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Wystan Hugh (W H) Auden Biography

The biography of Wystan Hugh (W H) Auden. This page has biographical information on Wystan Hugh (W H) Auden, one of the best poets of all time. We also provides access to the poet's poems, best poetry, quotes, short poems, and more.

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Wystan Hugh Auden (/ ' w s t n ' h ju ' d n / ; 21 February 1907 – 29 September 1973), who published as W. H. Auden, was an Anglo-American poet, born in England, later an American citizen, regarded by many critics as one of the greatest writers of the 20th century. His work is noted for its stylistic and technical achievements, its engagement with moral and political issues, and its variety of tone, form and content. The central themes of his poetry are love, politics and citizenship, religion and morals, and the relationship between unique human beings and the anonymous, impersonal world of nature.

Wystan Hugh Auden, known more commonly as W. H. Auden, (February 21, 1907 – September 29, 1973) was an English poet, often cited as one of the most influential of the 20th century. He spent the first part of his life in the United Kingdom, but emigrated to the United States in 1939, becoming a U.S. citizen in 1946.

Wystan Hugh Auden was born in York and spent his early childhood in Harborne, Birmingham, where his father Dr George Auden was the school medical officer for Birmingham and Professor of Public Health at the University of Birmingham. From the age of eight Auden was sent away to boarding schools, firstly at St. Edmund's School (Hindhead) in Surrey, and later Gresham's School in Norfolk, but he returned to Birmingham for the holidays. He was educated at Christ Church, Oxford University, but took only a third-class degree. After Oxford he went to live for a year in Weimar Berlin, in whose tolerant atmosphere his homosexuality could be more openly expressed.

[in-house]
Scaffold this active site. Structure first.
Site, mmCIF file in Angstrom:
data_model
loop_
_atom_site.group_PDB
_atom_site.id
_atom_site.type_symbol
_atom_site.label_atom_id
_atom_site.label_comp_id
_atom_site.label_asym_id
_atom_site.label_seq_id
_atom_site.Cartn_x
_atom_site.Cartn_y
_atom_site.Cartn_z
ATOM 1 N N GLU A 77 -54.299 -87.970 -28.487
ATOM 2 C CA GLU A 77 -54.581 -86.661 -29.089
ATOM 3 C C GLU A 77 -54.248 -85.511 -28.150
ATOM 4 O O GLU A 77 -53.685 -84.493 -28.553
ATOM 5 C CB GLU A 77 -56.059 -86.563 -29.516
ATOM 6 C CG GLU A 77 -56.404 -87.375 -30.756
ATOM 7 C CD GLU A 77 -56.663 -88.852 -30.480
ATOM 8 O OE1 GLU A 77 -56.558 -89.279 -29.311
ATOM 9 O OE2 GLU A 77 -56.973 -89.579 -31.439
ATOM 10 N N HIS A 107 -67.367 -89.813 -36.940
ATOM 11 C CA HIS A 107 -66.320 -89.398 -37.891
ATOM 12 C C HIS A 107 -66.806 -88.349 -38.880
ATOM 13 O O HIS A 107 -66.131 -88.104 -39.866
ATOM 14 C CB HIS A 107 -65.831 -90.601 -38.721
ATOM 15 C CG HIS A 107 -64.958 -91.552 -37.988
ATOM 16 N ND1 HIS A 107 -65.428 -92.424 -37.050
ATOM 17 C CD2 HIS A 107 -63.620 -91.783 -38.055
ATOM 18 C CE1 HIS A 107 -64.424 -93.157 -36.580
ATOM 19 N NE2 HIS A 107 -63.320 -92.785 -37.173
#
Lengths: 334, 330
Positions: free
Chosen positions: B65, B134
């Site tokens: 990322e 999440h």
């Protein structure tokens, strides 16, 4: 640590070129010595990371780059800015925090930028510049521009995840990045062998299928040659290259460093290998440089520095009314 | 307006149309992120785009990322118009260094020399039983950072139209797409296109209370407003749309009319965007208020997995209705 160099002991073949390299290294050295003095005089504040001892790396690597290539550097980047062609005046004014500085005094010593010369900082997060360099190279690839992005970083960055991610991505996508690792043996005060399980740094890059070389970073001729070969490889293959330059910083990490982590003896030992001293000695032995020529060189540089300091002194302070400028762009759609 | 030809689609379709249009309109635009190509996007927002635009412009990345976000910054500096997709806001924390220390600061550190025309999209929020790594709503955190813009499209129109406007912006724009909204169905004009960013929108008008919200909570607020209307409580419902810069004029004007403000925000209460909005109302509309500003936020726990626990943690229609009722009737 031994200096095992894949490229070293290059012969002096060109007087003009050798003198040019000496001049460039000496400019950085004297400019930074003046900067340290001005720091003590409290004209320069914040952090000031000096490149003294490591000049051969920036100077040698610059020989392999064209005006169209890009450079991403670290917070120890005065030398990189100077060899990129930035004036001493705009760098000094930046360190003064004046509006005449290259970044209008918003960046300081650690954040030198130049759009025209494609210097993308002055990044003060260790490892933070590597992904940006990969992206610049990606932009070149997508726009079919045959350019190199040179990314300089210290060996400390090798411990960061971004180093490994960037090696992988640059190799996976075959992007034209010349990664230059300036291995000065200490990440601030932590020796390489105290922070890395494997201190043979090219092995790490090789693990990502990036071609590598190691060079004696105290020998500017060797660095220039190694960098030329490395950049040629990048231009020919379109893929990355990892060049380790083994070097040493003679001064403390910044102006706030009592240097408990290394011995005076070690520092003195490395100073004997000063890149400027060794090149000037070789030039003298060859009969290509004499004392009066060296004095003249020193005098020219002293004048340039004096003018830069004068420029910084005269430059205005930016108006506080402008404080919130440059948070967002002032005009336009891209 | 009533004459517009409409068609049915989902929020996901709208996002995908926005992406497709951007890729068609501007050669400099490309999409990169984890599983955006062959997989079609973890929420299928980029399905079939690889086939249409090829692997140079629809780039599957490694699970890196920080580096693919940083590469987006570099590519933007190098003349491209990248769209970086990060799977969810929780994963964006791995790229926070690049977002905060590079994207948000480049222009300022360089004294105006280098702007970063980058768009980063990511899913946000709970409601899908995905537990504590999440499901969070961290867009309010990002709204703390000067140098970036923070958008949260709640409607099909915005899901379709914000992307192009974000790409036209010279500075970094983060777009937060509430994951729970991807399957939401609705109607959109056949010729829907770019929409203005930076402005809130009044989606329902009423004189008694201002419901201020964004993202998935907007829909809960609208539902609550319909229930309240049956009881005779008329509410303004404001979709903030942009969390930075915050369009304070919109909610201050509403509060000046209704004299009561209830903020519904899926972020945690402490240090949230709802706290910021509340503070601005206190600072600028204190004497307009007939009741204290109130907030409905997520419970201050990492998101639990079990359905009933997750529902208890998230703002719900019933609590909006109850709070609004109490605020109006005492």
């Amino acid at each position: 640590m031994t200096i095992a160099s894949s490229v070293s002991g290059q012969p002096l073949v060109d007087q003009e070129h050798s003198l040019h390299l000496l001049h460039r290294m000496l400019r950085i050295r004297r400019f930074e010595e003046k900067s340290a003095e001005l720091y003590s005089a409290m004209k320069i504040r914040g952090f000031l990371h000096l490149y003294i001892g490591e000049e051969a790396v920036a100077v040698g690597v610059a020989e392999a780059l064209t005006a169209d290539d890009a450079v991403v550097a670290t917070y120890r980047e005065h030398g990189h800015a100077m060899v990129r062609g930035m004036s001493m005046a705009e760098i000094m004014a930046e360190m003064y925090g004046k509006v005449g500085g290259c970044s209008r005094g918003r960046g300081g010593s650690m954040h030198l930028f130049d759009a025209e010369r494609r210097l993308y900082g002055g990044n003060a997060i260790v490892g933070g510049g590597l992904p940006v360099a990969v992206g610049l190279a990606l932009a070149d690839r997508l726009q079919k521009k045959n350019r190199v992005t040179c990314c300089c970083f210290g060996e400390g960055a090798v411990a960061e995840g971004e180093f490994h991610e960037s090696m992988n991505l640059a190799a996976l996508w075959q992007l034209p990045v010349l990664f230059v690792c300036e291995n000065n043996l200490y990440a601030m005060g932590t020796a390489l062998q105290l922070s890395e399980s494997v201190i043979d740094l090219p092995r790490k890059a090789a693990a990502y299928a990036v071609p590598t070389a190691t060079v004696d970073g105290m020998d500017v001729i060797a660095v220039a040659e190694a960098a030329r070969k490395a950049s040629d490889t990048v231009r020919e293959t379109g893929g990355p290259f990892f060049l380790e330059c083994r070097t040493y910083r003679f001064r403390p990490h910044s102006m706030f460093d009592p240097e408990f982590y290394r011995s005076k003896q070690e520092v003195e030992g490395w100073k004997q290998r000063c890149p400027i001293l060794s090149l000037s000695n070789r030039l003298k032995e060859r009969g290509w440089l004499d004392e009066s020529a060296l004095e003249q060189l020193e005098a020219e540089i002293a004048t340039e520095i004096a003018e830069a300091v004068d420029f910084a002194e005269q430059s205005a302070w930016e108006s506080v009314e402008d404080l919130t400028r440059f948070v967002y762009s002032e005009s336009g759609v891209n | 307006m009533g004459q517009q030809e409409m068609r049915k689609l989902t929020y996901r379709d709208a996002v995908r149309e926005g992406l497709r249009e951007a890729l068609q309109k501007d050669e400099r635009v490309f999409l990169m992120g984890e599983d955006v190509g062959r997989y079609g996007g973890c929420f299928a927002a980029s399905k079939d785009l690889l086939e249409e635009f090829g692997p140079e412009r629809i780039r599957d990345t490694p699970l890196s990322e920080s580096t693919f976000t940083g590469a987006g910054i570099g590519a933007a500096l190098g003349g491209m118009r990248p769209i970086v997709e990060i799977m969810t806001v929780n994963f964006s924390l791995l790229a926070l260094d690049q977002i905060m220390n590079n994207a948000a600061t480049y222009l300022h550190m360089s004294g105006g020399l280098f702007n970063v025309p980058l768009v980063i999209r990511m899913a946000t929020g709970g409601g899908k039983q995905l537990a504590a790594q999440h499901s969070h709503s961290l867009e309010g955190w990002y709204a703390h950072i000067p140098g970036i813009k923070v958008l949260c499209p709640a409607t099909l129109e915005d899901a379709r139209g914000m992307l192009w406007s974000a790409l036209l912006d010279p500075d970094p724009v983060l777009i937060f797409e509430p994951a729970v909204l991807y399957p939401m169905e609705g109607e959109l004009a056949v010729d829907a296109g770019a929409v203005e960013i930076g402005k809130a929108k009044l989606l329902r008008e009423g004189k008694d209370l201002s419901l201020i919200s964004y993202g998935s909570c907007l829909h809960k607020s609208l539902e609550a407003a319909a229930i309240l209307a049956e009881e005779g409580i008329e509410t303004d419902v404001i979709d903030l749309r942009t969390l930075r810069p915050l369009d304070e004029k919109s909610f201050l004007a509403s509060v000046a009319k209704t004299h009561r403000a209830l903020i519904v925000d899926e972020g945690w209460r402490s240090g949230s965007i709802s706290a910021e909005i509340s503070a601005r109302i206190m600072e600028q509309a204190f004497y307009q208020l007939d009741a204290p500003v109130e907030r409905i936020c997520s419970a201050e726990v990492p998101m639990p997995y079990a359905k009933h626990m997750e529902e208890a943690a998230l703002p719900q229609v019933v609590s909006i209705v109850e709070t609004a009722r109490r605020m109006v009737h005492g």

On returning to Britain, he briefly worked as a tutor in London, then taught at two boys' schools from 1930 to 1935; first for two years at the Larchfield Academy in Helensburgh, Scotland, where he wrote most of his 1932 volume in prose and verse The Orators. Then he taught for three years at the Downs School, near Great Malvern, where he was happier than he had been at Larchfield, and where he wrote some of his best-known early poems, including "Out on the lawn I lie in bed" (a poem occasioned by the "Vision of Agape" that he later described in his 1964 preface to the anthology The Protestant Mystics, ed. by Anne Fremantle).

After he left the Downs Schol in 1935 he worked mostly a freelancer for the next three years. In 1936 he visited Iceland with his friend Louis MacNeice; in early 1937 he spent about six weeks in Spain observing the Spanish Civil War. A much-reported incident (which seems to have mattered very little in his life) occurred in 1935, when he made a marriage of convenience to Erika Mann, lesbian daughter of the great German novelist Thomas Mann, in order to provide her with a British passport to escape the Third Reich. (They shook hands after the ceremony and rarely saw each other again, but remained friendly and never bothered to divorce.)